The England squad are a little subdued after last night’s result but there is an air of quiet determination about the team too. We spoke to first goalscorer Eniola Aluko…
England striker Eni Aluko is determined to get on the score sheet as often as possible for her country this season. The 26-year-old made inroads into that quest on Friday when she scored the first of England’s two equalisers against Spain. Any personal satisfaction from that first half goal dissipated at the final whistle as the team lost the match 3-2. But the Chelsea player is now in her fifth major tournament finals and knows that while there are still games to play, there is hope of a turnaround. We caught up with Eni the day after that opening game to discuss the reaction in the camp, her goal and the support from friends, family and fans.
On the mood at breakfast:
It was a bit sombre, we‘re human and losing a game in that manner, people are going to be reflective and collectively as players we all know it wasn’t good enough and we can perform a lot better but you have to take a lot of heart from the fact that we have been here before. If the game had finished 2-2 we would have been saying this team has a lot of character to fight back and blah, blah, so I think we need to look ahead and focus on the fact that we have to get six points from the next two games.
On scoring the first equaliser:
I almost forgot I scored. I was disappointed with my own performance actually, I think I could have played better, sloppy in possession at times. I think it’s pleasing to get on the score sheet, that is one of my aims this season to score more for England and get in those positions to be more clinical and I’m glad I did that, it’s just a shame that we didn’t get the three points as well.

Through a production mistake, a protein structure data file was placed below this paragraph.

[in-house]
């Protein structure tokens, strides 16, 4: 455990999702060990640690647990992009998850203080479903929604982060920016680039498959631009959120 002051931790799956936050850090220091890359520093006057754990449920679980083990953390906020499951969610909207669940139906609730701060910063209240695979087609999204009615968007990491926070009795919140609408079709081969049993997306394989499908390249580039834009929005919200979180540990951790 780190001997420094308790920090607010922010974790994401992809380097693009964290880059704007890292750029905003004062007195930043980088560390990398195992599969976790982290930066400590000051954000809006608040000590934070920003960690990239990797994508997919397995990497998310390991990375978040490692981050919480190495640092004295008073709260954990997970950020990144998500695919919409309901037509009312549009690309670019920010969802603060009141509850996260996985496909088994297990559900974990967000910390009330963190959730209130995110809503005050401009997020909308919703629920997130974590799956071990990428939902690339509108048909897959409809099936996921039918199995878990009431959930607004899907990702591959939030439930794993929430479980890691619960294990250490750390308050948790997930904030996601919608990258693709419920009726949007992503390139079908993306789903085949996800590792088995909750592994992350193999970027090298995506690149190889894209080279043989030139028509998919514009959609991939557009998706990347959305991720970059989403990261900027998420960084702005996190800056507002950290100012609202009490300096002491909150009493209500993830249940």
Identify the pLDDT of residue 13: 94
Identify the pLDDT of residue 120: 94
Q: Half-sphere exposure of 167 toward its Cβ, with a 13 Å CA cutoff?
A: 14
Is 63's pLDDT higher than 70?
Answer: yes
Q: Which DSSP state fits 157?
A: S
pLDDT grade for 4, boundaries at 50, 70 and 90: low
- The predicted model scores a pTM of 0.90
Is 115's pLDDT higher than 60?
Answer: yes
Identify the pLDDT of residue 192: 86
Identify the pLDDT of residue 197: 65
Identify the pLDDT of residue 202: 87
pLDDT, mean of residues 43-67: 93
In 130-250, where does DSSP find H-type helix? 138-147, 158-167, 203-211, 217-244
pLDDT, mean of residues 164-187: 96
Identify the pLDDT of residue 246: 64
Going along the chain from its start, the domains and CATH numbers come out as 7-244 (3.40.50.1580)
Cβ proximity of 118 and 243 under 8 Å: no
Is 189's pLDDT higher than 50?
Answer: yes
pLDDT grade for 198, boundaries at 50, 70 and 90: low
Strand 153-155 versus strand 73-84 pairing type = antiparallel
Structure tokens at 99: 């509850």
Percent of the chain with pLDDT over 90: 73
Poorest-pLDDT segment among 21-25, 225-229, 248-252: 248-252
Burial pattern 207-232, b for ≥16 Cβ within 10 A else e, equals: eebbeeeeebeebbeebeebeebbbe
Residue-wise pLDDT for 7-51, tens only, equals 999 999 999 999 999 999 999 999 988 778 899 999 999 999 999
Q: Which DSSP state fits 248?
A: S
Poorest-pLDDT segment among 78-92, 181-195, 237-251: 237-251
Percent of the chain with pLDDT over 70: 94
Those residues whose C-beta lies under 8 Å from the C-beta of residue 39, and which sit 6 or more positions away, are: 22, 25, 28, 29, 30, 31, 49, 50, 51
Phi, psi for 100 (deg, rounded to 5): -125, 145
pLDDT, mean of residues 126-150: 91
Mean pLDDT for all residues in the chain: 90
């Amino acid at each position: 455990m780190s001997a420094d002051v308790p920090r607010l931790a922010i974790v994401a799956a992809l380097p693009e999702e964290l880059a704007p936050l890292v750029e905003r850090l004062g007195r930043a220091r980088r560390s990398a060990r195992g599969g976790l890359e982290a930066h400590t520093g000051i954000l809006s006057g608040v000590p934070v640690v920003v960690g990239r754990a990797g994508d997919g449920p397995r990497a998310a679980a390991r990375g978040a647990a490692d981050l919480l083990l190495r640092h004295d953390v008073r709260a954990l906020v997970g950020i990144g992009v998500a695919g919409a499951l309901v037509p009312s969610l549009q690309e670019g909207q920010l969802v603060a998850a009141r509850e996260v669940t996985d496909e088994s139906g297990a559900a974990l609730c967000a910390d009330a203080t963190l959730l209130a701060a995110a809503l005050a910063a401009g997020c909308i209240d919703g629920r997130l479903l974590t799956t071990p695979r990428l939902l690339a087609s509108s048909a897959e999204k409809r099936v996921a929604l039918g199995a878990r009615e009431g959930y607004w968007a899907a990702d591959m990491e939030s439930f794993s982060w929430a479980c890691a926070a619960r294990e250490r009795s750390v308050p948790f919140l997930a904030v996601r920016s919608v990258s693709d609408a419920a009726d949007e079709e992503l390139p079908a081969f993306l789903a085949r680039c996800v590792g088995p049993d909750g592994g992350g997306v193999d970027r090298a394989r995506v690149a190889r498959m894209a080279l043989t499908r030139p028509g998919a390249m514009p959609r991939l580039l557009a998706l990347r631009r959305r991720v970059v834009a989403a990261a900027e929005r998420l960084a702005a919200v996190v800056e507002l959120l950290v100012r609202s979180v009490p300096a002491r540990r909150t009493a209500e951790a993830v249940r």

(Eni speaking to 5 Live from the Team Hotel this lunchtime.)
On past experience:
A lot of people criticise the fact that the third placed team goes through and depending on what side of the fence you sit on you can criticise that or you can say that’s actually really good because potentially you could go through. Not that that’s our aim, our aim certainly is to win every game we play and six points will be our aim. But it does help to know that that’s a route and the route we got to in 2009 but we’ve been here before and are capable of showing character at this point.
On nerves against Spain:
We are human beings, you are going to be nervous. We knew that 1.5m people are watching back home and we see tweets and people’s families turning up and you are going to feel it but for us as players it’s how we react to that. It shouldn’t come with you on the pitch. Maybe it did, it’s not something the players want to feel, it’s about finding that level of performance where nerves go out the window. It should go in the second game, in a way you’ve blown the cobwebs out and there’s no point being there, you’ve got to go for it, so hopefully we’ve learnt from this experience.
On support on social media:
It’s overwhelming actually. I tweeted on Friday night thank you to everyone, you are inundated with messages and want to respond to every one but you can’t. It’s amazing the level of support and those are just people on Twitter. There are so many people, family, friends, work colleagues that watch it so you do sense a level of responsibility which always comes with wearing an England shirt, but it’s good to know that that amount of support is behind you.
On night matches:
It is a late night but it is for all the teams so it’s not something to focus on too much. Kick off time is kick off time and if you asked players if they would play at 2am in the morning they would probably say yes. I don’t sleep anyway after games, ever, so it’s just about getting on with it.
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